Patellofemoral syndrome or patellofemoral pain syndrome is a term used to describe pain around the patella or kneecap and in the front of the knee.
|International case series with train supports. In total, 1,651 patient cases were documented in Bauerfeind’s non-interventional study on the use of supports and orthoses to treat sports injuries. 37 treatment centers in nine countries took part and recorded data from international medical practice. Bauerfeind Life Magazine|
Also known as runner’s knee or jumper’s knee, it often affects athletes and those who engage in running, basketball, and other sports.
However, patellofemoral syndrome can also affect non-athletes and is frequently seen in adolescents, young people, manual workers, and older adults.
The American Academy of Family Physicians report that patellofemoral syndrome is the most common cause of knee pain in the population. It can be caused by overuse of the knee joint, physical trauma, or misalignment of the kneecap.
|What is it?|
|The onset of patellofemoral syndrome can be gradual or result from a single incident. A condition known as chondromalacia patella may also be present.
Chondromalacia is characterized by a wearing away and softening of the cartilage around the knee, which leads to inflammation and pain.
|When a person has patellafemoral syndrome, their knee pain can become worse when they do any of the following movements:
Other symptoms they may have can include:
|Causes and risk factors|
|Patellofemoral syndrome happens when the back of the kneecap comes into contact with the thigh bone. The exact reason this occurs is not entirely understood, but it is linked to:
|Factors which increase the likelihood of developing an illness or injury are known as risk factors.
Common risk factors for patellofemoral syndrome include:
|A doctor will inquire about symptoms and may ask a person to move their legs and knees in certain ways to check for instability and determine the range of motion.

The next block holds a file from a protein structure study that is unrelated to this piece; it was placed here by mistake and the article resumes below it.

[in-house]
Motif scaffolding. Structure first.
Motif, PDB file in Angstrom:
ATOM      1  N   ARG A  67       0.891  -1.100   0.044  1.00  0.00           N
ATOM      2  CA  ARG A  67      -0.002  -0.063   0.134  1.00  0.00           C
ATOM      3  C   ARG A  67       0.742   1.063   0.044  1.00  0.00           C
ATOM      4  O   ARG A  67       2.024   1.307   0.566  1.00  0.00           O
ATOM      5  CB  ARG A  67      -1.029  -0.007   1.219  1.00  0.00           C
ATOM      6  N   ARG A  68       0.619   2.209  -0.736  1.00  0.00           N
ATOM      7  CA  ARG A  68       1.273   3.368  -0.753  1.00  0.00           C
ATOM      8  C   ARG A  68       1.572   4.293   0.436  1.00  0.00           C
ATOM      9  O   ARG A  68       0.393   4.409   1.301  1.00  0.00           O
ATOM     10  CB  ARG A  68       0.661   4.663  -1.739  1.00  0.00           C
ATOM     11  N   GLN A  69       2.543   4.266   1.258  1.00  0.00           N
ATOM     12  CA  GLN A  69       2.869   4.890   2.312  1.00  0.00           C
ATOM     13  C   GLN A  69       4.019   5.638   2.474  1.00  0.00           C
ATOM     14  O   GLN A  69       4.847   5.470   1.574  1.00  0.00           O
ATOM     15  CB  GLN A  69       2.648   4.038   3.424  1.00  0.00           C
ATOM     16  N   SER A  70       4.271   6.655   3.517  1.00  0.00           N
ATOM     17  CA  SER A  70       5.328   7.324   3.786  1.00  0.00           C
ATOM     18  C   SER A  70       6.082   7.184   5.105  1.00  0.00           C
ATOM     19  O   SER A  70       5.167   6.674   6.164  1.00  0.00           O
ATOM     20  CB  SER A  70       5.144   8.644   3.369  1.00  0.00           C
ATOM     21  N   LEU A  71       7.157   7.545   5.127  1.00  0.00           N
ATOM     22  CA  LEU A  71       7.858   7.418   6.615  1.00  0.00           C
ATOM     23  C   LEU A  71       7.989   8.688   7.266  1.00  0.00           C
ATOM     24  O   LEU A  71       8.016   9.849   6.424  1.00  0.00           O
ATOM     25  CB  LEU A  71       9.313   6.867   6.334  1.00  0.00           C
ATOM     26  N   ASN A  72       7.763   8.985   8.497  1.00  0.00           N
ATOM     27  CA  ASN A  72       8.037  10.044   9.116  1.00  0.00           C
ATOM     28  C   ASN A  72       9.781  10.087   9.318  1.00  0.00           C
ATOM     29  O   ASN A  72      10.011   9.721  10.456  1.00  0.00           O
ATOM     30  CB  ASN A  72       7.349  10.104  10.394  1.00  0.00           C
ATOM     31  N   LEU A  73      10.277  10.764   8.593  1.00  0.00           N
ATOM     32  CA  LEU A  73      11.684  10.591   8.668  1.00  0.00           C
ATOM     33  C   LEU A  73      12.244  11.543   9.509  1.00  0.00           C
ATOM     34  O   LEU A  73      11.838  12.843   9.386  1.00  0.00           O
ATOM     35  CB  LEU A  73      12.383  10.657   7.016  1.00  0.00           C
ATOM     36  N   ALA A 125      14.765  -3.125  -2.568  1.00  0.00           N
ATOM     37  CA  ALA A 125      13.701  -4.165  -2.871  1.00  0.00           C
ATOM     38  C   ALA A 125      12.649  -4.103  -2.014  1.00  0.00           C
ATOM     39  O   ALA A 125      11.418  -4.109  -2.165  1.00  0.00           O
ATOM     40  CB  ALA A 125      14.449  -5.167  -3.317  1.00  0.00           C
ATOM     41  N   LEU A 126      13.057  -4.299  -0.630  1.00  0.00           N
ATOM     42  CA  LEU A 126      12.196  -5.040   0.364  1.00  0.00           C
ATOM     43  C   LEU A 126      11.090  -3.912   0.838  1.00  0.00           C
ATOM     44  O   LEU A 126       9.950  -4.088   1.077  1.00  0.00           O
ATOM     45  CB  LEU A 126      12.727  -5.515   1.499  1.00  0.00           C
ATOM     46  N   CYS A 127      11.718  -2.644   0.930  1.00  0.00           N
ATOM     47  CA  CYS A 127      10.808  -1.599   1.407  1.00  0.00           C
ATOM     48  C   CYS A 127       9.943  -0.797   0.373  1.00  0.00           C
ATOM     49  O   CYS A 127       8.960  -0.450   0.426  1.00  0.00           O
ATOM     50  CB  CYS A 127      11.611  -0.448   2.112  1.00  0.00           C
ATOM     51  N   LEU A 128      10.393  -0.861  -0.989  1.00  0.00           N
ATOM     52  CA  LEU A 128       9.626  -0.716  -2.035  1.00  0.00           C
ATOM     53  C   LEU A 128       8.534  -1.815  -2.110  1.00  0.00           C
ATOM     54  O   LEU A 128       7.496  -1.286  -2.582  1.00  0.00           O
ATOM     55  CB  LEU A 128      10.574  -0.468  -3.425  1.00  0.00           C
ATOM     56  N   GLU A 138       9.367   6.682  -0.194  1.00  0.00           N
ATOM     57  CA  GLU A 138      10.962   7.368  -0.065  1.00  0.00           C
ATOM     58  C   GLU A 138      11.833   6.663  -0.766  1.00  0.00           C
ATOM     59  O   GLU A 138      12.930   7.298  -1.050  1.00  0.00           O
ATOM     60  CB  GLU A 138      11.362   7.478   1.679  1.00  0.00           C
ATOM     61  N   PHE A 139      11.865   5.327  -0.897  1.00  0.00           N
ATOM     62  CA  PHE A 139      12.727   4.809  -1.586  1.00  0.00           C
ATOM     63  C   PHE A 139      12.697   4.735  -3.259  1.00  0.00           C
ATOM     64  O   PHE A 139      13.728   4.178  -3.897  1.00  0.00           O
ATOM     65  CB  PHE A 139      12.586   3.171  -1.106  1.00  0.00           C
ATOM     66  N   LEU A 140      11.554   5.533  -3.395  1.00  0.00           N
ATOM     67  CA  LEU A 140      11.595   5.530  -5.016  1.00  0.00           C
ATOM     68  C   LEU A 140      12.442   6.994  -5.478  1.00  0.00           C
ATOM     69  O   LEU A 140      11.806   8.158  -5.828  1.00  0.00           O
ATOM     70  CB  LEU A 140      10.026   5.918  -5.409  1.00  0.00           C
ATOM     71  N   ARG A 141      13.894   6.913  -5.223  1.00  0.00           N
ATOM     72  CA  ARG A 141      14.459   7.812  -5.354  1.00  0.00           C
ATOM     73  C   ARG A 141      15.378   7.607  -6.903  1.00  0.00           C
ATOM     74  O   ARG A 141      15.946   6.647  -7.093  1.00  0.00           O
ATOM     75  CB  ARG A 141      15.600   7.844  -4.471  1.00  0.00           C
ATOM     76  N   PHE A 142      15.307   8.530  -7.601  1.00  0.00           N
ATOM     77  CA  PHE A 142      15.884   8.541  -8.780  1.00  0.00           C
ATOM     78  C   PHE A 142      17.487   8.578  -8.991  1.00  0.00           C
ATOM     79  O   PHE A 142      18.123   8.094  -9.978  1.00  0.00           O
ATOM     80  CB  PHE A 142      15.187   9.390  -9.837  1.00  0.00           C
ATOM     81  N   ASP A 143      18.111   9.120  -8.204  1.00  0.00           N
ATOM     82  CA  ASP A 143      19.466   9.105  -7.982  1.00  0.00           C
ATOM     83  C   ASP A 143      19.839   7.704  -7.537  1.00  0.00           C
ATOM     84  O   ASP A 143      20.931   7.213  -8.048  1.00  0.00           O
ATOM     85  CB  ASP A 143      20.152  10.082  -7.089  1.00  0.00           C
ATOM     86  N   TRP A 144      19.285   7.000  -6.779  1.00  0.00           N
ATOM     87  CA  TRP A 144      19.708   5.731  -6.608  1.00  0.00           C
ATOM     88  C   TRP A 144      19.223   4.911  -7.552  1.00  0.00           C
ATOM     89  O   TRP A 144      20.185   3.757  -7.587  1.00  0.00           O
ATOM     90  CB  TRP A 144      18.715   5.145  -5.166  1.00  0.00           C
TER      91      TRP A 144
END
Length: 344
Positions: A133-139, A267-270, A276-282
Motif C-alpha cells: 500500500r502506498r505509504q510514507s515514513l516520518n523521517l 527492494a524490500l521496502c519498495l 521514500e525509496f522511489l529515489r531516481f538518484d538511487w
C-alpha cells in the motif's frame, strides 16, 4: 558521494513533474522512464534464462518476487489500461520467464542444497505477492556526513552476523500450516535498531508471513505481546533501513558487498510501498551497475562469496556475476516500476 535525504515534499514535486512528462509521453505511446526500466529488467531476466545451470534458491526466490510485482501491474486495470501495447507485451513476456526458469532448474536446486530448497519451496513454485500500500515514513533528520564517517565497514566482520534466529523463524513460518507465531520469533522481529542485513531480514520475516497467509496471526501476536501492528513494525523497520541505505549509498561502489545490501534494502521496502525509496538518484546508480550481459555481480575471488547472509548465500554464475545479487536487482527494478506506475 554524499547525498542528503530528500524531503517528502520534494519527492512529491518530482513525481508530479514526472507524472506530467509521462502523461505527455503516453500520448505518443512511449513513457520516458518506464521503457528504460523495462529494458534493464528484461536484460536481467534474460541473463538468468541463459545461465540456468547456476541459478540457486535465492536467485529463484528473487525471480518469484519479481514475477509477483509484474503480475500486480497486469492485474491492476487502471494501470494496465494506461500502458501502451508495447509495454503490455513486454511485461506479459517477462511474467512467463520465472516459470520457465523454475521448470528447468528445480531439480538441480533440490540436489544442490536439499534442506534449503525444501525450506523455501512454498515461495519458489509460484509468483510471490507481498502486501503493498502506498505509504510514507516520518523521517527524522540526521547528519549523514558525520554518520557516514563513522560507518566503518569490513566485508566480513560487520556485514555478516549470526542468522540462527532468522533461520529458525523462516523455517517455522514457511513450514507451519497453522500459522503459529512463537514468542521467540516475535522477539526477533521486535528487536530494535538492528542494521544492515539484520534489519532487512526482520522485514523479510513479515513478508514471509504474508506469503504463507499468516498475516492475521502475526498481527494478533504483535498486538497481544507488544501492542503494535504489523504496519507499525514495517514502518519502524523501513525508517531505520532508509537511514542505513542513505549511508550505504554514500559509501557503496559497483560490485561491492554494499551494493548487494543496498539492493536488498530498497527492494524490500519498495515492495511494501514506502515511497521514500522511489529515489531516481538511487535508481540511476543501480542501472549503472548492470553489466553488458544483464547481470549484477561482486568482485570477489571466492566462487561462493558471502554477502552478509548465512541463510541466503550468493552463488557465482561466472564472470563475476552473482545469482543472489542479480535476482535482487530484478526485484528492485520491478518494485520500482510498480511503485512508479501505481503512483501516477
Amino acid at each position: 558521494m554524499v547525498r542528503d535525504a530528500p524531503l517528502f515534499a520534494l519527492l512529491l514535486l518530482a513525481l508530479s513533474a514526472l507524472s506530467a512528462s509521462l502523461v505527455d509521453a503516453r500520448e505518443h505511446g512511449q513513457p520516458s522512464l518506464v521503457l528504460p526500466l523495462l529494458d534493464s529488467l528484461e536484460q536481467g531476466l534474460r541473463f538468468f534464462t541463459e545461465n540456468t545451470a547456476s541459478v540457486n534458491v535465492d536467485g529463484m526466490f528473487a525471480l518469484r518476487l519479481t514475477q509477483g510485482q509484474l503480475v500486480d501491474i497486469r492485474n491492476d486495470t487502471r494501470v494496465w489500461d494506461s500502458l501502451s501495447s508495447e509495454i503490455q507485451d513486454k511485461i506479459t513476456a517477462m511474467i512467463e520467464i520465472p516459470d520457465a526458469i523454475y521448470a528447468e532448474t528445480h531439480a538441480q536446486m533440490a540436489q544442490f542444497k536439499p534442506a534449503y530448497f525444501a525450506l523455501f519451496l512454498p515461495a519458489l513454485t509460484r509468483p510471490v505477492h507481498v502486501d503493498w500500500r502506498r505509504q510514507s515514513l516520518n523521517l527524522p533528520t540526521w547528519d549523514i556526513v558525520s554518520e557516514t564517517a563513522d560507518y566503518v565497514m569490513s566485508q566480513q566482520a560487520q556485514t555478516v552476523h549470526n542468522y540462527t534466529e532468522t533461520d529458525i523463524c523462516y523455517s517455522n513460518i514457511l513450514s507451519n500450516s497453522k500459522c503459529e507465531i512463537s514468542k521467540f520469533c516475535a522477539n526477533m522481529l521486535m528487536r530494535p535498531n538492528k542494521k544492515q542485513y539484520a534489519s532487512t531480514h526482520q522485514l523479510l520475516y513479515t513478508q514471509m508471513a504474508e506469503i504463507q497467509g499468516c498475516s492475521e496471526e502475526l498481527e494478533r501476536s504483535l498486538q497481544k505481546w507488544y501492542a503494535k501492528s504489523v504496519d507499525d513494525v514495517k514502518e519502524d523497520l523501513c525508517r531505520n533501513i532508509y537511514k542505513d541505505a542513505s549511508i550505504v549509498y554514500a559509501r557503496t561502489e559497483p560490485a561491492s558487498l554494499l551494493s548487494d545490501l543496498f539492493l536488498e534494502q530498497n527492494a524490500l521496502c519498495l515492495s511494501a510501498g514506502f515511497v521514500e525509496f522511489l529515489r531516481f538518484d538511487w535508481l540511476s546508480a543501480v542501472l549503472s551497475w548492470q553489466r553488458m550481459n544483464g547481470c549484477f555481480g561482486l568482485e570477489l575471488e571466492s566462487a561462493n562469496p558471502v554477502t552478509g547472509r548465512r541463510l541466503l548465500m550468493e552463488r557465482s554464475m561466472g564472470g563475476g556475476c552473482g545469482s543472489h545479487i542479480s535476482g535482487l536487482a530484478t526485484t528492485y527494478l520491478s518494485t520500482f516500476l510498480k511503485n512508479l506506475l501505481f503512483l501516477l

In some cases, imaging tests, such as X-rays and MRI scans, may be ordered to confirm a diagnosis and rule out other conditions.
|There are several treatments available when someone has patellofemoral syndrome, including:|
|For many cases of patellofemoral syndrome, simple measures, such as rest and ice, may be enough to alleviate pain and swelling.
The RICE protocol, standing for Rest, Ice, Compression, Elevation, involves resting the leg, applying ice packs regularly, using compression bandages, and elevating the knee above heart level. The RICE protocol is most effective when used within 72 hours of injury.
|Over-the-counter anti-inflammatory medications (NSAIDs), such as acetaminophen and ibuprofen, can help to reduce the pain and swelling associated with patellofemoral syndrome. NSAIDs should not be taken on long-term basis due to the risk of gastrointestinal problems.|
|A therapist may recommend:
Working with a qualified physical therapist can help alleviate symptoms and speed up recovery time.
|As overuse of the knee is a primary contributing factor to patellofemoral syndrome, activity modification is one way to reduce further damage to the knee and prevent a recurrence of the condition.People who experience patellofemoral syndrome may wish to reduce or avoid activities that include repetitive high-impact actions, such as:
Examples of low-impact exercises that put less strain on the knees include:
|Surgery is usually carried out using an arthroscope, a thin tube containing a camera and light. The scope is inserted into the knee, and surgical tools are used to remove damaged cartilage.
This minimally invasive procedure can increase mobility and relieve tension.
Severe cases of patellofemoral syndrome may involve an operation on the knee to change the direction that the patella passes over and rubs against with the femur.
|Patellofemoral syndrome can be painful and debilitating.
While not all cases can be prevented, certain steps can be taken to reduce the risk of knee problems. These include:
|Recovery time varies between individuals and depends on factors that include the severity of the symptoms and the treatments used.
However, most cases will heal within several weeks with the use of at-home and minimally invasive therapies. Employing the RICE protocol and engaging in low-impact activities improves the outlook for many people.
It may take up to 5 months to completely recover, especially if the patellofemoral syndrome was brought on by physical trauma.
Source Medical News Today
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Management of patellofemoral pain syndrome, Dixit S, DiFiori JP, Burton M, Mines B. Am Fam Physician. 2007 Jan 15;75(2):194-202. Review.
Patellofemoral disorders: An overview. An interview with Dr. Beth Shubin Stein and Dr. Sabrina Strickland, 2016, October 26. Hospital for Special Surgery
Patellofemoral pain syndrome, Petersen W, Ellermann A, Gösele-Koppenburg A, Best R, Rembitzki IV, Brüggemann GP, Liebau C. Knee Surg Sports Traumatol Arthrosc. 2014 Oct;22(10):2264-74. doi: 10.1007/s00167-013-2759-6. Epub 2013 Nov 13. Review.